The parties are free to determine the procedure to be followed when challenging an arbitrator. Under the Arbitration and Conciliation Act, where no procedure has been agreed, the party intending to challenge the arbitrator must forward a written statement of the reasons for the challenge to the arbitral tribunal within 15 days of becoming aware of the constitution of the arbitral tribunal or the circumstances for the challenge. Unless the challenged arbitrator withdraws or the other party agrees to the challenge, the arbitral tribunal will decide on the challenge. Under Lagos State Arbitration Law, either the arbitral tribunal or the appointing authority (if there is one) will determine the challenge.
How should an objection to jurisdiction be raised?
Jurisdictional objections must be raised no later than the date on which the objecting party submits its points of defence. This can be achieved by way of a separate notice of preliminary objection or be raised in the points of defence.
If the jurisdictional objection is that the arbitral tribunal has exceeded the scope of its authority, this must be raised as soon as the matter alleged to be beyond the scope of its authority occurs. Such challenges must also be made by way of an application to the arbitral tribunal.
Replacement of an arbitrator
Why and how can an arbitrator be replaced?
In the event that the appointment of an arbitrator is terminated by the parties, or an arbitrator dies or resigns in the course of the arbitral proceedings, fails to act or is unable to perform his or her functions, a substitute arbitrator will be appointed or chosen in accordance with the rules and procedure by which the replaced arbitrator was appointed. Under Lagos State Arbitration Law, an application to remove an arbitrator can also be made to the national court on any of the above grounds; however, the court will not act until the arbitral tribunal has exercised its powers to resolve the issue.
Powers and obligations
What powers and obligations do arbitrators have?
Arbitral tribunals have power to determine their own jurisdiction and rule on the existence or validity of an arbitration agreement.
Arbitrators have a continuing obligation to disclose anything that may give rise to doubts as to their independence or impartiality and must ensure that the parties are accorded equal treatment and given full opportunity to present their cases.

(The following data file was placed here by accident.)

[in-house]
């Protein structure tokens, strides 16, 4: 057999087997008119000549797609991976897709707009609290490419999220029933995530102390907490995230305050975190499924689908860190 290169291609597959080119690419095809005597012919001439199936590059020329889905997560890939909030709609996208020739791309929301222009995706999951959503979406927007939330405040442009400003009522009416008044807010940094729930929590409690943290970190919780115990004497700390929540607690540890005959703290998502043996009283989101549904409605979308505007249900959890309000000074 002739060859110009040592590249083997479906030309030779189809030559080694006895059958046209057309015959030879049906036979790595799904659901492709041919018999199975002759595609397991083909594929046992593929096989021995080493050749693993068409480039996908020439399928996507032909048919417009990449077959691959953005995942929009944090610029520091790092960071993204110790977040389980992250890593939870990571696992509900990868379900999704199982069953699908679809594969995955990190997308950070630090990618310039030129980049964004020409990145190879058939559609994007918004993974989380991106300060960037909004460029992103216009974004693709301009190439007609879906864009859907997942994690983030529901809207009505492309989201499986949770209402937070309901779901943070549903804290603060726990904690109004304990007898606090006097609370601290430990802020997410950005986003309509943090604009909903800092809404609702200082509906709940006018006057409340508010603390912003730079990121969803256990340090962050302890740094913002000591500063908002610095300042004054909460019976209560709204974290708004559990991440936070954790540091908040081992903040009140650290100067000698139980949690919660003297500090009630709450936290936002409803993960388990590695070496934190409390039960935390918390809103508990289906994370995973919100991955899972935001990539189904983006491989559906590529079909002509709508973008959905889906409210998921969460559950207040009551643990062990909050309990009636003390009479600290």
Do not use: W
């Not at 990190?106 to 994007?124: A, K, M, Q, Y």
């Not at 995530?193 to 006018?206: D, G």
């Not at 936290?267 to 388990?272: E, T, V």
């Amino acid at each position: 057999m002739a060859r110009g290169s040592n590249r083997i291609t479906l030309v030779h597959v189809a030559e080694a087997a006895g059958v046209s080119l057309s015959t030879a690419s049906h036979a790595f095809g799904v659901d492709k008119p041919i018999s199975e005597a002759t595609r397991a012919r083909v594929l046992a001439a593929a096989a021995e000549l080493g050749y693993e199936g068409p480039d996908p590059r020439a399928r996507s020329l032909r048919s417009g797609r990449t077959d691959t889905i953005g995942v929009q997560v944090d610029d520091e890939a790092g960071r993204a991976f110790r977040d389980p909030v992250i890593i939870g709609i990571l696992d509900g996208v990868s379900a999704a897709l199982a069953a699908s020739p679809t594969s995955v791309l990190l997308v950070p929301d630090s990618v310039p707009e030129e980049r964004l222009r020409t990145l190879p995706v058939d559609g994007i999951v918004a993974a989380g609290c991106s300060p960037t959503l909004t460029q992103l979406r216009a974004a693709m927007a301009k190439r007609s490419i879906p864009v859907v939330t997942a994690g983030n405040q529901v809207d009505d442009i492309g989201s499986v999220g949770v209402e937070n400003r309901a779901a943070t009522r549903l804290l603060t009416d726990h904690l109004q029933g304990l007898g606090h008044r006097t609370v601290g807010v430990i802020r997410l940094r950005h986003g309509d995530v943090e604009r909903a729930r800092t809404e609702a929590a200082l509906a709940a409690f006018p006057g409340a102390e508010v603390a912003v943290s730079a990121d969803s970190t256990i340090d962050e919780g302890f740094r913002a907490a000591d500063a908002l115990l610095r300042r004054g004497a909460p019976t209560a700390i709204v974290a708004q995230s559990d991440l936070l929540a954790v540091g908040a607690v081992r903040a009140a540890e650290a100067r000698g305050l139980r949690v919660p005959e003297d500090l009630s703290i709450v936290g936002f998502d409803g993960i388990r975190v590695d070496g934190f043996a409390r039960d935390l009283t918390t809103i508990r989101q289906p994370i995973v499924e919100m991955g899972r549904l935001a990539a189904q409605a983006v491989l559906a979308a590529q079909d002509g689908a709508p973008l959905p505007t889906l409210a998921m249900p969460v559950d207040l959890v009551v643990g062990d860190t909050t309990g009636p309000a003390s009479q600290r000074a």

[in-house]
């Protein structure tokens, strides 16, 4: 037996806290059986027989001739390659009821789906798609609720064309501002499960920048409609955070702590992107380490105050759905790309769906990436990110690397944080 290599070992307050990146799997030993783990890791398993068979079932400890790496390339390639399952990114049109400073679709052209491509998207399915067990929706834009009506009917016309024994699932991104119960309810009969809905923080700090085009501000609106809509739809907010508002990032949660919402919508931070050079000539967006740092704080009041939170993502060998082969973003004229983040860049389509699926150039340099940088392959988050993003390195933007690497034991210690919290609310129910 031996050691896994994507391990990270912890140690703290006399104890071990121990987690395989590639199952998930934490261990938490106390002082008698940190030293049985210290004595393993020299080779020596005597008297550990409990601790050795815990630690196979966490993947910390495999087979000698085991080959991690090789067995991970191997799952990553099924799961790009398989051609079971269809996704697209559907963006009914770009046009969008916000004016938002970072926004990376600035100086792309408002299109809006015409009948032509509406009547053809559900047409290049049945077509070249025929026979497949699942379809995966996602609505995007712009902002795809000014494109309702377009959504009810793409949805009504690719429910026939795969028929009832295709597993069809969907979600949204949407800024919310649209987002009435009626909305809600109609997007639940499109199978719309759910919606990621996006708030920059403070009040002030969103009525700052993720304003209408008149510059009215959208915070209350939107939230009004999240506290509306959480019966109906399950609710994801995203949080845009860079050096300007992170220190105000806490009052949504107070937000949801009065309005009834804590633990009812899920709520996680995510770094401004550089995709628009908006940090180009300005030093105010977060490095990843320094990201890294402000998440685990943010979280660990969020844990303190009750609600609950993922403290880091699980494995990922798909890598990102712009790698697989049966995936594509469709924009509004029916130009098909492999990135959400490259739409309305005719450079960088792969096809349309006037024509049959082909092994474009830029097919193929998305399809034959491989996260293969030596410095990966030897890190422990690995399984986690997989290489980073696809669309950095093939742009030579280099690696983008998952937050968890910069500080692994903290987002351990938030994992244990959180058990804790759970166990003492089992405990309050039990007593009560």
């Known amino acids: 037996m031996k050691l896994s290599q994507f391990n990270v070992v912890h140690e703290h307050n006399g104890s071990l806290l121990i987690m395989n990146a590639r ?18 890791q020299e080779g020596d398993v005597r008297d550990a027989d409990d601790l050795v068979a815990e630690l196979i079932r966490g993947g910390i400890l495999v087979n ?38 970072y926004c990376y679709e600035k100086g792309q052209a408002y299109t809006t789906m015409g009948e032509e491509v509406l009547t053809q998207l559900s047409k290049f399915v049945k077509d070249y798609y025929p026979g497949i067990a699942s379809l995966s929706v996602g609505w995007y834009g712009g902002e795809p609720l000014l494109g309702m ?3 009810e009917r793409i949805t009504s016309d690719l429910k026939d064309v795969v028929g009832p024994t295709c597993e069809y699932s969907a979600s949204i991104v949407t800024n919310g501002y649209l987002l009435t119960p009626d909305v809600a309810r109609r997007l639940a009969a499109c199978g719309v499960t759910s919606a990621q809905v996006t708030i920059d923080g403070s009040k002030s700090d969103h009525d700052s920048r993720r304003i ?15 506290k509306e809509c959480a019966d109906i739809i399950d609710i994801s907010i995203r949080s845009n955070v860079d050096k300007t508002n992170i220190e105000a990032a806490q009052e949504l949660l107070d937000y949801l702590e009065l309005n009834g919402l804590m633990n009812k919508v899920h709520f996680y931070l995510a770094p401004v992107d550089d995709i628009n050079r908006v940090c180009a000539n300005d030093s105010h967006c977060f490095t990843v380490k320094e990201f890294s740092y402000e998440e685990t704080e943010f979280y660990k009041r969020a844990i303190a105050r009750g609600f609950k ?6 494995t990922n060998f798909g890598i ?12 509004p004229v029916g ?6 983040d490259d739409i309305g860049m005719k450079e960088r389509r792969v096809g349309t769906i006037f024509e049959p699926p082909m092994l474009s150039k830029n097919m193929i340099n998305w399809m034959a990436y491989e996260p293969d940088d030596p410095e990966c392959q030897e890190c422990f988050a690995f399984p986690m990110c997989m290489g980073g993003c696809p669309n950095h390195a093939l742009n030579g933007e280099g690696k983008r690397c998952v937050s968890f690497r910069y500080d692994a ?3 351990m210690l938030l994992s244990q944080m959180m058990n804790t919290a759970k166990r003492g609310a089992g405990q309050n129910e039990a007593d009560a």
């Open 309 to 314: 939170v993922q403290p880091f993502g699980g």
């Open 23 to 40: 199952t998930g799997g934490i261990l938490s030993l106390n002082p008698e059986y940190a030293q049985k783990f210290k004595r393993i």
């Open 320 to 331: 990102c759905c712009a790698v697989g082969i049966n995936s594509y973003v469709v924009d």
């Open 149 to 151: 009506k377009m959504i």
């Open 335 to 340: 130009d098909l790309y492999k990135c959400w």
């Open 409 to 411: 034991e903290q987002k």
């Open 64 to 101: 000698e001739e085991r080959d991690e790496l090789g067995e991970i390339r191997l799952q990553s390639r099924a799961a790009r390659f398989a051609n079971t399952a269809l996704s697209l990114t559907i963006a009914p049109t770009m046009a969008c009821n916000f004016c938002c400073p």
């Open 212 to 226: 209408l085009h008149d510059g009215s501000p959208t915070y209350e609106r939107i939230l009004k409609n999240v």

Arbitrators also have the power to determine the admissibility, relevance, materiality and weight of evidence submitted by the parties (Section 15(3) of the Arbitration and Conciliation Act). Again, where the law contains no provision in respect of a matter related to or connected with a particular arbitral proceeding, the arbitral tribunal may conduct the arbitral proceedings in whatever manner it considers appropriate (Section 15(2) of the act).
Arbitrators also have discretion to appoint experts to give advice on specific technical matters. Arbitrators need not consult the parties beforehand regarding the questions that will be submitted to the expert (Section 22). However, where the parties disagree on the appointment of an expert, the arbitral tribunal should not proceed (Section 22(1)).
The law allows arbitrators to issue whatever interim order of protection considered necessary.
In international arbitration, the arbitrators must decide the dispute in accordance with the rules of the country whose laws the parties have chosen to apply to the substance of the dispute.
Liability of arbitrators
Are arbitrators immune from liability?
Unlike judges, who enjoy statutory immunity from suits while acting in a judicial capacity, arbitrators receive no statutory immunity under the Arbitration and Conciliation Act. However, the Lagos State Arbitration Law grants arbitrators statutory immunity unless they act in bad faith.
Communicating with the tribunal
How do the parties communicate with the tribunal?
In determining its procedure, the arbitral tribunal will agree to a mode of communication with the parties. In accordance with the mandatory rules that apply to domestic arbitrations, all documents and information supplied to the arbitrator by one party must be communicated to the other party (Article 15(3) of the Arbitration Rules).